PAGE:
A Watery Weekend - Part II

Water.  Giver of life.  Salvation in a desert.  Cleansing.  Purifying.  Requisite for all things living on earth.  

Roger Waters.  One of the founding members of Pink Floyd.

The coolest thing about a Roger Waters show, of course, is that it’s not simply a concert, it’s an event and to really grasp the event, it’s best to participate in the event.  There is a band, and they play on stage, but the event itself is part of what happens both on the stage and off.  Over.  Around.

Waters has the video screen backdrop.  Yawn.  Music is going on in the background.  Big whoop.  Hey, I see smoke rising up there,  I think it’s video.  Well, interesting.

Whoa!  Did I see that right?  Yeah, I sure did.

The single coolest feature of a Waters show is that everything - absolutely every detail - is choreographed to the absolute finest detail.  Everything has been thought through and plays literally right on cue.  He’s a master showman, a performer in every sense while on stage, and giant of grace and style in the spotlight.  He is the Steve Jobs of the rock world, and I’m not talking the black turtleneck.  Or is that the other way around?

The best way to enjoy Waters is to immerse yourself in the show.  Get tickets on the floor.  While the crepe paper twirls and the pig soars overhead, remember that your job is to reach upward.  Grasp, gasp and soar.  {Or if you’re the moron in front of us, “Duuuude, take some pictures.  He’s got, like, colours on the screen again.  Let’s make sure we get a shot of every single detail so we can be sure to look at the photos later and see what we forgot to experience..”}

I found “Wish You Were Here” very poignant.  I don’t believe that’s my imagination.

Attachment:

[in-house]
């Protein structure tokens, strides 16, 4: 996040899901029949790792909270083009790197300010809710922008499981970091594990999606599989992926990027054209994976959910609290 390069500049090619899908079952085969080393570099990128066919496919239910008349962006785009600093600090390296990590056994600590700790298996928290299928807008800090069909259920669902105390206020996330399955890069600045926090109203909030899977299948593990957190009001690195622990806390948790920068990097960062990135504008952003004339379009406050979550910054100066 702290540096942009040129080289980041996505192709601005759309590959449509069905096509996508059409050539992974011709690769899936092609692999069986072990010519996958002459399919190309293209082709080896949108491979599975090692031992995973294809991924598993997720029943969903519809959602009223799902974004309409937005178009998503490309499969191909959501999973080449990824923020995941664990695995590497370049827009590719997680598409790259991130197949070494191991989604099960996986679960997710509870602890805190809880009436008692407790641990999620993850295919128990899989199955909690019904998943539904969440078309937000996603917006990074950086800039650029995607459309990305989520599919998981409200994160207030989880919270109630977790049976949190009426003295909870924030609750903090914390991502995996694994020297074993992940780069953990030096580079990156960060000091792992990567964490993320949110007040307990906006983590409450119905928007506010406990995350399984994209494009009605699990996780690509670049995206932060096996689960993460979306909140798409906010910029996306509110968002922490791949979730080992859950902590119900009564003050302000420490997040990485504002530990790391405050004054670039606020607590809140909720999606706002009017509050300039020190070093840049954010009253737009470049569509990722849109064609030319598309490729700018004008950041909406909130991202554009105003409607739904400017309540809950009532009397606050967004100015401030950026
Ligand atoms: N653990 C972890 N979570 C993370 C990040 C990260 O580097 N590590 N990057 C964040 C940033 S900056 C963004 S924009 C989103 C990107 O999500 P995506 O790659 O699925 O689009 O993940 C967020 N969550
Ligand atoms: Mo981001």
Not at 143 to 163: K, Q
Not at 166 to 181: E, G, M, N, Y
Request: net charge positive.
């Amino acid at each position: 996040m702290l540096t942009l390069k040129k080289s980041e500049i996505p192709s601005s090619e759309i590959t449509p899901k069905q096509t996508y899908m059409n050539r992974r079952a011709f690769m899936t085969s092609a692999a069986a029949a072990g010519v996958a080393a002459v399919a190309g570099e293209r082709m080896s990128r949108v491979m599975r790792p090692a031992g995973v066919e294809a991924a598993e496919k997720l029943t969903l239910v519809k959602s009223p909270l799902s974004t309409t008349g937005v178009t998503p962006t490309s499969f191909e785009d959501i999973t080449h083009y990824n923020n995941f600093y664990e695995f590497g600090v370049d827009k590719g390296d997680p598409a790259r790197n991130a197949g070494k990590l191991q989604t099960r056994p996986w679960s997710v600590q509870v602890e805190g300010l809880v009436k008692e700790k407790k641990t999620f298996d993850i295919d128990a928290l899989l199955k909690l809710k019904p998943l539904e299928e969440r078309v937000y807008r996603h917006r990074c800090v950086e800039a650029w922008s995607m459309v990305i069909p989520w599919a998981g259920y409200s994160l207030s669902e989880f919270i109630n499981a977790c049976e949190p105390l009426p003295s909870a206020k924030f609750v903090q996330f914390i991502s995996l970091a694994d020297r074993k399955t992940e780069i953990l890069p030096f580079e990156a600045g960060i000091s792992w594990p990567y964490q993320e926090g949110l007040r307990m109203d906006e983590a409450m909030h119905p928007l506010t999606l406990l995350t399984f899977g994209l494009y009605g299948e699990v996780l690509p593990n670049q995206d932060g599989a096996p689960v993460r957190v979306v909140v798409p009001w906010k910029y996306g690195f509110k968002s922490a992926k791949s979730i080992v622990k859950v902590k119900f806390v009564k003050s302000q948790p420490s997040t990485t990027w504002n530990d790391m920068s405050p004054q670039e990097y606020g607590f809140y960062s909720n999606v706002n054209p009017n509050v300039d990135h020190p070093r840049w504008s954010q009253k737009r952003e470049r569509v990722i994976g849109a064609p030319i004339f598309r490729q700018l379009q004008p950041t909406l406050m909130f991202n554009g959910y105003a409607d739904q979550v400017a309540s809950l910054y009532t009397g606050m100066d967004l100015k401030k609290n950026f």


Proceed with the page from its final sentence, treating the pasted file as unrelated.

The single worst feature of a Waters show is also that absolutely every detail is choreographed to the absolute finest detail.  There is little crowd interaction as the show grinds out unceasingly.  The band finishes Dark Side of the Moon and the show “ends” - but the band has not been introduced, they’ve not played “Another Brick in the Wall.“  What a silly little pretense we make, no?  The crowd will stay and demand more for as long as you’re able.  We don’t need the phony curtain call any longer, really.

Still, it’s damned fun to sing:

    We don’t need no edumacation.
    We don’t need no volleyball.
    No faulty condoms in the bathroom.
    Hey, teacher, sit me in the hall.

Your parody lyrics may differ, depending upon your upbringing, of course.

With the CD and a really good sound system, you could likely replicate the audio experience of the concert.  They’re amazingly adept at recreating the studio sound and living Waters’ imagination on stage.  But there’s no way you can replicate the experience of a Waters concert at home.  I don’t have the lights, the pyro, the props or - well - the second hand pot smoke to make it turn out the same.  Maybe it’s best we went to the Saddledome instead…